Table of contents:
Human bone anatomy is composed of hundreds of bones from head to toe. By recognizing bone anatomy, you can understand the function of each bone location and know how to maintain its he alth
The main function of bones is to support and move the body. In addition, bones are also able to protect internal organs from damage, store important nutrients, such as calcium and phosphorus, and form blood cells. Human bone anatomy is divided into two major groups, namely the axial and appendicular bone anatomy.
Axial Bone Anatomy
Axial bone is a group of bones that make up the main axis or midline of the body.
The following are some parts of the bones that are included in the anatomy of the axial bone:
The skull of an adult consists of 22 bones, namely 8 skull bones that protect the brain and 14 facial bones that play a major role in shaping the structure of the face.
The condition of the human skull when it is still a baby is different when it grows up. When born, the skull bones have not fused to make it easier for the baby to pass through the birth canal. However, with age, the gaps between the skull bones will close and become stronger to protect the delicate brain structures.
Ribs and sternum
On the body there are the sternum and ribs. These bones are shaped like a cage that can protect important organs in the upper body, including the heart, lungs, and liver.
The ribs consist of 12 pairs, i.e. the first 7 pairs of ribs are attached to the spine and sternum, the next 3 pairs of ribs are connected to the sternum via cartilage, and the last 2 pairs of ribs are attached to the sternum. chest and ribs above it.
You can have an upright body because it is supported by the spine that supports the neck to the buttocks. Not only that, the spine also functions to protect the spinal cord and nerves.
In the human body, the spine consists of 33 vertebrae which are divided into 5 parts, namely 7 cervical vertebrae, 12 upper vertebrae, 5 lumbar vertebrae, 5 vertebrae that become one, and 4 vertebrae. coccyx which also becomes one.
Anatomy of the Appendicular Bone
The appendicular bone is a group of bones that make up the limbs, namely the arms and legs, as well as the bones that connect the limbs to the bones in the midline of the body, namely the shoulders and pelvis.
Here are some parts of the bones that are included in the anatomy of the appendicular bone:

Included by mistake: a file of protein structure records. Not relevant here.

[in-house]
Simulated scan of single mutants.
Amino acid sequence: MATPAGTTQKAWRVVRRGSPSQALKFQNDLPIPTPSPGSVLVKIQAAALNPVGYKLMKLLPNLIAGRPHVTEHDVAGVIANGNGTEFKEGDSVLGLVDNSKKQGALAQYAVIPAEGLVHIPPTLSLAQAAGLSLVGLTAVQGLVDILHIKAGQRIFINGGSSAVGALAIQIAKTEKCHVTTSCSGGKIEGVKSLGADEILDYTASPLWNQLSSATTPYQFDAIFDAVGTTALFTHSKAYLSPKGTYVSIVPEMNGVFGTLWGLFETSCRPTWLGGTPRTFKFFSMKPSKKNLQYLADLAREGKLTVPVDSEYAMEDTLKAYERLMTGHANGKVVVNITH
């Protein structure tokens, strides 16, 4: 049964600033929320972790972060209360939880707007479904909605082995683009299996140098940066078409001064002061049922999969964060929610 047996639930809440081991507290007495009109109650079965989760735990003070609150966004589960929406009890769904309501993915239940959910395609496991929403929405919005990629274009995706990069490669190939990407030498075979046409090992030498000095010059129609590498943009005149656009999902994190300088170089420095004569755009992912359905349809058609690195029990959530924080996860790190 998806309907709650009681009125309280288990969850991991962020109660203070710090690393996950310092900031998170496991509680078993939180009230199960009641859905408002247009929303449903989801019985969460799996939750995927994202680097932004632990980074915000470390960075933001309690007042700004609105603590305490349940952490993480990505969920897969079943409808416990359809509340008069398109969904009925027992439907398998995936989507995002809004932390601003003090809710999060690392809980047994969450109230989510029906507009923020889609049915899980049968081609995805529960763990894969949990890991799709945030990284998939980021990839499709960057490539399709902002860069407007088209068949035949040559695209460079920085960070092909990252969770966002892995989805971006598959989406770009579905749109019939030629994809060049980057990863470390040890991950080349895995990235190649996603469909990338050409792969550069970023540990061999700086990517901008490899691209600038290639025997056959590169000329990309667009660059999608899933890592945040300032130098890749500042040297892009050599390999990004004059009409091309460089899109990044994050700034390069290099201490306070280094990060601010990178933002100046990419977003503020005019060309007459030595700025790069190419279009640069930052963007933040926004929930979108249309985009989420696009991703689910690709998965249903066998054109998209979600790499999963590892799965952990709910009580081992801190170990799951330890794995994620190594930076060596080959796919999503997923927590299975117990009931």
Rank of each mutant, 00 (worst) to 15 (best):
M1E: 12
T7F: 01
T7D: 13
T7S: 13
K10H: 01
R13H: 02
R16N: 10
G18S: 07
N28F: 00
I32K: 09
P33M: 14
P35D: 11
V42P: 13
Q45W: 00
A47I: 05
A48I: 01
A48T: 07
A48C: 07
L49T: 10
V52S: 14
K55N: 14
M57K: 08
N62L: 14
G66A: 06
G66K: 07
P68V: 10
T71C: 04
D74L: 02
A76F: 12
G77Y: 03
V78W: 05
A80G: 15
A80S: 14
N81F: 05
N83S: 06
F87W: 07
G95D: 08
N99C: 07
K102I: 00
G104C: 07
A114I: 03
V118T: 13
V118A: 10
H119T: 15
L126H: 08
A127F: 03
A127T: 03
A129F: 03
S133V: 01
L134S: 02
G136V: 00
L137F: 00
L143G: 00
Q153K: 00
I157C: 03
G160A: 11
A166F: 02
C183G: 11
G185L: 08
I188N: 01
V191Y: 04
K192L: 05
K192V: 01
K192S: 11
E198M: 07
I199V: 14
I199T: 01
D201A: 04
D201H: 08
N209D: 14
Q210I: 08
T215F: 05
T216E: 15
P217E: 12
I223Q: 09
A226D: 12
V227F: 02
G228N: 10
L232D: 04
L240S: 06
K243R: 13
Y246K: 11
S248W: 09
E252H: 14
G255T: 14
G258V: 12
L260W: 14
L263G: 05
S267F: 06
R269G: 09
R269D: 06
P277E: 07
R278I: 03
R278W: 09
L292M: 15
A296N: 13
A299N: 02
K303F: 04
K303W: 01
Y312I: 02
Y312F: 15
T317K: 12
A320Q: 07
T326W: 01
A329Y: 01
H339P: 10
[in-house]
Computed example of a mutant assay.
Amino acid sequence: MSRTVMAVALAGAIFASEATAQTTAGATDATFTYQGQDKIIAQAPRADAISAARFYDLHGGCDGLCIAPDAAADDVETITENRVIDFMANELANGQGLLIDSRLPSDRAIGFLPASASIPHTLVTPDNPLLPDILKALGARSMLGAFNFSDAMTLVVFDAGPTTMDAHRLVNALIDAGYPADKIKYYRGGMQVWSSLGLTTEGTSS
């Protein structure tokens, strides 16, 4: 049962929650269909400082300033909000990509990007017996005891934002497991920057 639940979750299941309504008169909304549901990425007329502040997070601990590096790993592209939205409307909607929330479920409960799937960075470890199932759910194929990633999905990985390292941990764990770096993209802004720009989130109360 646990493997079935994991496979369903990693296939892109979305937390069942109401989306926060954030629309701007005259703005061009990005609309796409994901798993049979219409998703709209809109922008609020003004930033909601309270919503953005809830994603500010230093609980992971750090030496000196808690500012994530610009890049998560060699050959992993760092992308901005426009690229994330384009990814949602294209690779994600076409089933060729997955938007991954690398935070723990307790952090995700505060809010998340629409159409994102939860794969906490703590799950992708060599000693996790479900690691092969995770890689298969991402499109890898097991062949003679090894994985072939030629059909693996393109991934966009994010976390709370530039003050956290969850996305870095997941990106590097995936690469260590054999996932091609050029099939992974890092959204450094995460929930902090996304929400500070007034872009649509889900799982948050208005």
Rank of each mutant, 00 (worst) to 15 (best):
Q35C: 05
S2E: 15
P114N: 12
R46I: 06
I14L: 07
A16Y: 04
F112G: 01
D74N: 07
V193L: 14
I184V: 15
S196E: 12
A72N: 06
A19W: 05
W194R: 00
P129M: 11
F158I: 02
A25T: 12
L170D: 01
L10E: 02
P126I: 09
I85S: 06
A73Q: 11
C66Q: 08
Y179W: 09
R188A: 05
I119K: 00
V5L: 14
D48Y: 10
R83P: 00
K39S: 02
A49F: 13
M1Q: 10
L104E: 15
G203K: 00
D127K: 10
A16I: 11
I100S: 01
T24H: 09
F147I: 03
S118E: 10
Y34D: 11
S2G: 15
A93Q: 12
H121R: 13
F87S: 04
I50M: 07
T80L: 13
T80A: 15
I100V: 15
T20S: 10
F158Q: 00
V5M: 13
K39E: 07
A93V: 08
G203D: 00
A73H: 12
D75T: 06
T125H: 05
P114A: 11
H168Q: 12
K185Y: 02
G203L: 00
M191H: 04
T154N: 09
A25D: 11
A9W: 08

The bone anatomy of the hand consists of the bones of the arm, wrist, palm, and fingers. The bone in the upper arm, just above the elbow, is called the humerus. Then, under the elbow there are two bones, namely the radius and the ulna.
Each is wide at the ends and thin in the middle, so it can provide strength when it meets other bones.
Meanwhile, the wrist is composed of 8 small bones and 5 bones that make up the palm of the hand. Each finger consists of 3 vertebrae, except the thumb which only consists of 2 bone spaces.
The feet have flexible bony anatomy that allows you to stand straight and move, such as running, walking or jumping. The bones in the legs are very large and strong to support the weight of the body.
The bones in the legs start from the hips to the knees. This bone is called the femur or thigh bone. It is the largest bone in the human body. This femur is attached to the pelvic bone.
In the knee there is a triangular-shaped bone called the shell or patella which is useful for protecting the knee joint. In the calf, there are the tibia and fibula bones. These two bones are flat in the middle and wide at the ends.
At the ankle there is a talus bone. This bone is attached to the tibia and fibula to form the ankle. Beneath it is the heel bone which is connected to 6 other small bones.
In the sole of the foot there are 5 long bones that are connected to the toes. Each finger has three small bones, except for the big toe only 2 bones. In total, one foot and ankle have 26 bones.
The feet are attached to a circular group of bones called the pelvis. The pelvis is shaped like a bowl that is able to support the spine.
The pelvis is made up of 2 large hip bones in front and the sacrum and tailbone behind. This bone serves as a strong protective ring around parts of the digestive system, urinary system, and human reproductive system.
How to Maintain Bone He alth
Because it has an important function, it is necessary to maintain he althy bones in an effort to reduce the risk of various common bone diseases, such as osteoporosis, arthritis, or spinal disorders. Here are some ways you can do it:
- Consuming calcium-rich foods, such as spinach, soybeans, okra, sardines, and salmon
- Meet the needs of vitamin D, such as beef liver, egg yolks, cheese, soy milk, mushrooms, tuna, and salmon
- Change your lifestyle by quitting smoking and quitting alcoholic beverages
- Doing regular exercise, such as light running, leisurely walking, or going up and down stairs
Understanding the anatomy of bones and their functions can be the first step for you to maintain bone he alth. Immediately consult an orthopedic doctor if symptoms or complaints related to the bone area occur.